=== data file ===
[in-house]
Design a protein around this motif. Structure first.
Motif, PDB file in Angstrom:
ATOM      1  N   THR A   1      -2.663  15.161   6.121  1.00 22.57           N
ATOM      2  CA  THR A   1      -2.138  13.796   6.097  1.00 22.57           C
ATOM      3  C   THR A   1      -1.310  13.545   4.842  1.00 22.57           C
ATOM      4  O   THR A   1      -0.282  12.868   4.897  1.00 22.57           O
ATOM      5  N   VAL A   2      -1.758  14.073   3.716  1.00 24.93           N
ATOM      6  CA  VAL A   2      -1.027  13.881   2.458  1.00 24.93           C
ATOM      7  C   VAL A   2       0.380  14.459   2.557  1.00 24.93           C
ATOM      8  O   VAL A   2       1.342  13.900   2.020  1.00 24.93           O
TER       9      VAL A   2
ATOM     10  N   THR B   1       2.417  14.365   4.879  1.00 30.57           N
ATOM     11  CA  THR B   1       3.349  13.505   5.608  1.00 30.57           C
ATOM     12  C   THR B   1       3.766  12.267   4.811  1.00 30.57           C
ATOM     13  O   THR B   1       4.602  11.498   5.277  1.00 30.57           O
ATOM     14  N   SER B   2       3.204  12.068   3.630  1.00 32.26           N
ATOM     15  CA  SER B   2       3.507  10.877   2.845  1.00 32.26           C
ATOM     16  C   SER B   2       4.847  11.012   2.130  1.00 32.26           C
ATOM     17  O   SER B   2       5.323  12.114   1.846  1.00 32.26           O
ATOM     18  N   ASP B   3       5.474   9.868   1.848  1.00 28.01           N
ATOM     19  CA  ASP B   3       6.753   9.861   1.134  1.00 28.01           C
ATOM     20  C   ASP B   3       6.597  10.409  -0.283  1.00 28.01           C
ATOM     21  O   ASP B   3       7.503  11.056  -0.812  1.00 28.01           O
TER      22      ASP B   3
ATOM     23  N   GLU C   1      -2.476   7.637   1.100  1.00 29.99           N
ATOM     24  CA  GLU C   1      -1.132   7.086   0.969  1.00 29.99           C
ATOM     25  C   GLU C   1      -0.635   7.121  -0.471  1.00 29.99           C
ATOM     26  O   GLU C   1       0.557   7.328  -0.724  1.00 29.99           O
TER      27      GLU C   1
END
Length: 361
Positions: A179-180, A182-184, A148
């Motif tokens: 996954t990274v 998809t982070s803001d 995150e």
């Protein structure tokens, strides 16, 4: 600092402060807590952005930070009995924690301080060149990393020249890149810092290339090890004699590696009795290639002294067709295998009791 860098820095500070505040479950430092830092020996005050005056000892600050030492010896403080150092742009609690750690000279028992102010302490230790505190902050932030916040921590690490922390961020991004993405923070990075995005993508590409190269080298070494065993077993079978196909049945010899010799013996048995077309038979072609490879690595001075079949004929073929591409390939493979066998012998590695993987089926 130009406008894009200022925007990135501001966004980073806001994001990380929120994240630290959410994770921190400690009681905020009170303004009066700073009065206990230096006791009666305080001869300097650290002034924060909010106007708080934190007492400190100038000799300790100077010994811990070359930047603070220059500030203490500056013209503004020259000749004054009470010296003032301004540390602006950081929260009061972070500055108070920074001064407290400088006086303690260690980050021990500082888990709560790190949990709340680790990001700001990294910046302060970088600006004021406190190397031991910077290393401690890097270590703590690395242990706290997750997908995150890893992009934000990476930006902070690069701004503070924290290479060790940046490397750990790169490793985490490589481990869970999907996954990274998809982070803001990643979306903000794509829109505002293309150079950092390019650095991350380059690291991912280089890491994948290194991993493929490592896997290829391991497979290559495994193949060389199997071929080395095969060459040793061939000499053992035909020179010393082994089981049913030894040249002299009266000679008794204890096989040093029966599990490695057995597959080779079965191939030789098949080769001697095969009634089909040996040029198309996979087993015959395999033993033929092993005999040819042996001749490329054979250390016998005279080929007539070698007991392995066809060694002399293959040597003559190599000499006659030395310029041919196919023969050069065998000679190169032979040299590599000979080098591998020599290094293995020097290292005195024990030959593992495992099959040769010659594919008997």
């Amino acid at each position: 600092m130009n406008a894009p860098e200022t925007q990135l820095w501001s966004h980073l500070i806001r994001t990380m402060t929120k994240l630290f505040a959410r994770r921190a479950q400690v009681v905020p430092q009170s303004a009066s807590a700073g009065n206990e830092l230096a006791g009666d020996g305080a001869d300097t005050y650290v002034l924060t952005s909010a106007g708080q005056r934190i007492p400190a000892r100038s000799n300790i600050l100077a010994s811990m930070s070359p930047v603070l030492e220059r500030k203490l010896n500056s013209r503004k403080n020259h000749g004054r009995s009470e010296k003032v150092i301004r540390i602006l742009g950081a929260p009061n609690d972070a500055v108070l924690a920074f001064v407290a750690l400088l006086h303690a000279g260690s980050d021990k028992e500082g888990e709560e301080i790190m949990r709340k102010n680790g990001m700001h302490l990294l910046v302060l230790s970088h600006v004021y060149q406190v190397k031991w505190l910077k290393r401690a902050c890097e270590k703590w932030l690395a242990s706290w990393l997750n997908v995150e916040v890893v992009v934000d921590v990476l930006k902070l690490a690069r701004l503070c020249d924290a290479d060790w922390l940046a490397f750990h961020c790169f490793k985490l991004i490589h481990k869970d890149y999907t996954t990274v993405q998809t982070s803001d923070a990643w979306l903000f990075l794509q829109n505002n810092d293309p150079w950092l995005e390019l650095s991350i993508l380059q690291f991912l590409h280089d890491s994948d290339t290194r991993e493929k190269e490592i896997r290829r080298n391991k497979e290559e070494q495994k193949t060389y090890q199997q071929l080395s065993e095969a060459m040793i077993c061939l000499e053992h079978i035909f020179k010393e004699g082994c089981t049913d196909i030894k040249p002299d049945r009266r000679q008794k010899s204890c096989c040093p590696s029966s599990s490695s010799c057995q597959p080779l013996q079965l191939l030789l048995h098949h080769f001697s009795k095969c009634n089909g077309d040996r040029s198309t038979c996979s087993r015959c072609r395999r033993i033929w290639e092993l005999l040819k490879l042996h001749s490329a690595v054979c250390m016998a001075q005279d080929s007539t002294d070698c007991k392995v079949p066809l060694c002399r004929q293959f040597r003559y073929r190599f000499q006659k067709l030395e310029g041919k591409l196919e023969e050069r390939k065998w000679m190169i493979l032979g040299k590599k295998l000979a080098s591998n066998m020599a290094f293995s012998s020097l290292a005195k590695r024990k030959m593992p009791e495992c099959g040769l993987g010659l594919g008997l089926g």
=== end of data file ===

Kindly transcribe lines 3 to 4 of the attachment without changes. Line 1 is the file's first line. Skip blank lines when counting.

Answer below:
Motif, PDB file in Angstrom:
ATOM      1  N   THR A   1      -2.663  15.161   6.121  1.00 22.57           N